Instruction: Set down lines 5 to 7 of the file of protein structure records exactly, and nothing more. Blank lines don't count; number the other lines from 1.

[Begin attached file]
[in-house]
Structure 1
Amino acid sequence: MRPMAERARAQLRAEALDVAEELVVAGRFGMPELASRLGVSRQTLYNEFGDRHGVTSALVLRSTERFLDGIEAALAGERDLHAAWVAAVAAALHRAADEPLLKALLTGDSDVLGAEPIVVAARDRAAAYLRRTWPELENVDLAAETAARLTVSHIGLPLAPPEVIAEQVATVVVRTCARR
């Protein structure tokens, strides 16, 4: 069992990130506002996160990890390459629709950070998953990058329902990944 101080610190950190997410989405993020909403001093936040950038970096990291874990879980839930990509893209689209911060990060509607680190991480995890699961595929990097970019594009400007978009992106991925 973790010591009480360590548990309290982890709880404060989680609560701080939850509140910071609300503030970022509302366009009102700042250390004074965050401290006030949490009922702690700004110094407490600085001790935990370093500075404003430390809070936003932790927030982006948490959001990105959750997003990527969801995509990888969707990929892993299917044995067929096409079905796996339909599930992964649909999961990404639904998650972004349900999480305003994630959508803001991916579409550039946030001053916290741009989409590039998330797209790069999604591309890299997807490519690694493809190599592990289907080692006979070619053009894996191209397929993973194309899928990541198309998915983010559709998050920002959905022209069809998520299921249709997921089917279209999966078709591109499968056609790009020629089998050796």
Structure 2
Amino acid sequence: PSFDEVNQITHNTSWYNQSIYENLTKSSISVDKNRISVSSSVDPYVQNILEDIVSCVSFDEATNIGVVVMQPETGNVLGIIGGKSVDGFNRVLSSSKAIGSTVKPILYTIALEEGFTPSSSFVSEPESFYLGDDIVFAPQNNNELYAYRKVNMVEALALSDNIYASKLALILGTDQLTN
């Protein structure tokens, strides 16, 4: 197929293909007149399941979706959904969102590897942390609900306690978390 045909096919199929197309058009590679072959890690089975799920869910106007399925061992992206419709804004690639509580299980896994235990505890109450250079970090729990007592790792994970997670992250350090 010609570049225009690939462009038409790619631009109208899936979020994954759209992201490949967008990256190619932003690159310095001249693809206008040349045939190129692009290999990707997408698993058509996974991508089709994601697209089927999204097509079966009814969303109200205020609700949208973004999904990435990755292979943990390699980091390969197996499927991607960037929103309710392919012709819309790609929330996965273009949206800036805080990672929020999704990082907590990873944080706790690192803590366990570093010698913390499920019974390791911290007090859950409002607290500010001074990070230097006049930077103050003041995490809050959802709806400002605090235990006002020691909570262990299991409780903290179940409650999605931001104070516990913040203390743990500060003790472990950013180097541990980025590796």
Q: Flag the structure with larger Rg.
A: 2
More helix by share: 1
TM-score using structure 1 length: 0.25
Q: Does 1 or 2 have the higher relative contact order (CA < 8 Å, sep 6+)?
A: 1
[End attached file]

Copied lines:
Structure 2
Amino acid sequence: PSFDEVNQITHNTSWYNQSIYENLTKSSISVDKNRISVSSSVDPYVQNILEDIVSCVSFDEATNIGVVVMQPETGNVLGIIGGKSVDGFNRVLSSSKAIGSTVKPILYTIALEEGFTPSSSFVSEPESFYLGDDIVFAPQNNNELYAYRKVNMVEALALSDNIYASKLALILGTDQLTN
């Protein structure tokens, strides 16, 4: 197929293909007149399941979706959904969102590897942390609900306690978390 045909096919199929197309058009590679072959890690089975799920869910106007399925061992992206419709804004690639509580299980896994235990505890109450250079970090729990007592790792994970997670992250350090 010609570049225009690939462009038409790619631009109208899936979020994954759209992201490949967008990256190619932003690159310095001249693809206008040349045939190129692009290999990707997408698993058509996974991508089709994601697209089927999204097509079966009814969303109200205020609700949208973004999904990435990755292979943990390699980091390969197996499927991607960037929103309710392919012709819309790609929330996965273009949206800036805080990672929020999704990082907590990873944080706790690192803590366990570093010698913390499920019974390791911290007090859950409002607290500010001074990070230097006049930077103050003041995490809050959802709806400002605090235990006002020691909570262990299991409780903290179940409650999605931001104070516990913040203390743990500060003790472990950013180097541990980025590796």